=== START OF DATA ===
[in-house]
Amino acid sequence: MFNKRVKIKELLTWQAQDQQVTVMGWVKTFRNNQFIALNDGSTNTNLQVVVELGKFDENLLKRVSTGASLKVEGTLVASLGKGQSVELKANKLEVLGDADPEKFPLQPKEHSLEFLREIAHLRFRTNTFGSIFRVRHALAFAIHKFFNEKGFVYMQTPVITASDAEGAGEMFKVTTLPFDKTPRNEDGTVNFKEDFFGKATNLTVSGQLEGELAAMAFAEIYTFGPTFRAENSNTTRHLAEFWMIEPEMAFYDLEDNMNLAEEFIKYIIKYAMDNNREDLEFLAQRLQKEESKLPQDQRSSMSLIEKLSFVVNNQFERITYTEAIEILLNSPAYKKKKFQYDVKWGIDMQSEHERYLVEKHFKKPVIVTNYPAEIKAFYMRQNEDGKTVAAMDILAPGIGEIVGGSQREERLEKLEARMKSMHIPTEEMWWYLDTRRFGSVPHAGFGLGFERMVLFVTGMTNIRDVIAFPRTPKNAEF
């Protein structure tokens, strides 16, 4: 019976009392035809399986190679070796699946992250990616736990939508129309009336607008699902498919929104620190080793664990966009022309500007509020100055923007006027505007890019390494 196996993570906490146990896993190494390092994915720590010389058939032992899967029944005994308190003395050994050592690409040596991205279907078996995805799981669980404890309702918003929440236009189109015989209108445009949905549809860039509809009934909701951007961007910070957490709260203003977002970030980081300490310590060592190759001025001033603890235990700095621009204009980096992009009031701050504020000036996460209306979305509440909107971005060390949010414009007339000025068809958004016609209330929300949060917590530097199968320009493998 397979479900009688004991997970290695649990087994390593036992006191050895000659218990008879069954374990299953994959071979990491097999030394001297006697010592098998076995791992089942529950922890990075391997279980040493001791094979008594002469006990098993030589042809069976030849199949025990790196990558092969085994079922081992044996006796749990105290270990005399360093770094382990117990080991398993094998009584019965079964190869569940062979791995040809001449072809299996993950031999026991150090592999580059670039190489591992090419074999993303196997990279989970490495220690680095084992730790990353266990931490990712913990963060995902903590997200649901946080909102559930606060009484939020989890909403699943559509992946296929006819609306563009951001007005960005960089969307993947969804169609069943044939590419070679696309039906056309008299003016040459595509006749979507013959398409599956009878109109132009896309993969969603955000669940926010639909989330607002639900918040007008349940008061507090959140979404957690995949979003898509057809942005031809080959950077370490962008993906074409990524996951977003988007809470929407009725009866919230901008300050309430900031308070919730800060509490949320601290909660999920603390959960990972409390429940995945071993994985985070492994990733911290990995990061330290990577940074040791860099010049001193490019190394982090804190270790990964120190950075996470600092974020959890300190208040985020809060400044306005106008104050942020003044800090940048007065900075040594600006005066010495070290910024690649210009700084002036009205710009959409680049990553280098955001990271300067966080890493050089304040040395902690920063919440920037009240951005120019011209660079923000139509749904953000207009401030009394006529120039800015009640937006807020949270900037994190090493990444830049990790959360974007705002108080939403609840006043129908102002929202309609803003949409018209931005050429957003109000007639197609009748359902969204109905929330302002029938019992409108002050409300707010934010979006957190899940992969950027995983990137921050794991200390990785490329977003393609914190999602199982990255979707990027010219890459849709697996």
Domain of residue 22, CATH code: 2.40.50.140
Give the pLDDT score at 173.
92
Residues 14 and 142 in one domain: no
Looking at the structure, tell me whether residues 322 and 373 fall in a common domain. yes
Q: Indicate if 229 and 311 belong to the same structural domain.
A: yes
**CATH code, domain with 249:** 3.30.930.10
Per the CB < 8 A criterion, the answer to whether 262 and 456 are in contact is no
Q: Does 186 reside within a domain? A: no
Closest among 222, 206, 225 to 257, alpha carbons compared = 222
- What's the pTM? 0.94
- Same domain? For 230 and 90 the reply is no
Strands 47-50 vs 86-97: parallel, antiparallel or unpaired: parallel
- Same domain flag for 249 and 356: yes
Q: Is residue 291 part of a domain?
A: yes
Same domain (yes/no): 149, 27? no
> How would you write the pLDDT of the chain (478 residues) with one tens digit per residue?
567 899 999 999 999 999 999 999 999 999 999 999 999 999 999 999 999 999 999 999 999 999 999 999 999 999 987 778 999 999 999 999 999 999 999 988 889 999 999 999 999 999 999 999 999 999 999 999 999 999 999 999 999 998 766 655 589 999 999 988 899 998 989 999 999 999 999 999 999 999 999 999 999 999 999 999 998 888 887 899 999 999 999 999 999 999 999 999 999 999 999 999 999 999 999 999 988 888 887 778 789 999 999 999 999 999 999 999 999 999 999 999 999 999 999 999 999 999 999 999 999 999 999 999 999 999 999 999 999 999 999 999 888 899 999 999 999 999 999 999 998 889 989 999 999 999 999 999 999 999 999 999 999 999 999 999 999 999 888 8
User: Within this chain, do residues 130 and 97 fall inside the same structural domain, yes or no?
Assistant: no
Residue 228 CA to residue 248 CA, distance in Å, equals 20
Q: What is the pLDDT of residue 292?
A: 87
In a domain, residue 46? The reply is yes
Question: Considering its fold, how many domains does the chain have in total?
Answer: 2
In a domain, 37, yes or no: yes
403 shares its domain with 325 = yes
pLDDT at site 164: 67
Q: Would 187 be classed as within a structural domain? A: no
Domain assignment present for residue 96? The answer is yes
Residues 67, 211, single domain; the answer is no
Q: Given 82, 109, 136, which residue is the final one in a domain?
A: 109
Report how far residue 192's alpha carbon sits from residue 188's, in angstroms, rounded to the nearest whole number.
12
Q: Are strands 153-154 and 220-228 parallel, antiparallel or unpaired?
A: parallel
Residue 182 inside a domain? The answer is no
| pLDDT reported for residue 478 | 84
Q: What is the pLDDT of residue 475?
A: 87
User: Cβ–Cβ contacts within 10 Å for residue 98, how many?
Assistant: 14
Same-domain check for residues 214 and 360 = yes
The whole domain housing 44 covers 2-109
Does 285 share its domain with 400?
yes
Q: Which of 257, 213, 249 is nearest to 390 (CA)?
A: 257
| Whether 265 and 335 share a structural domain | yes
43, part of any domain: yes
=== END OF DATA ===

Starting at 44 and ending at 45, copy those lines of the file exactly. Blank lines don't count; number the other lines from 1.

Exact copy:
Residue 182 inside a domain? The answer is no
| pLDDT reported for residue 478 | 84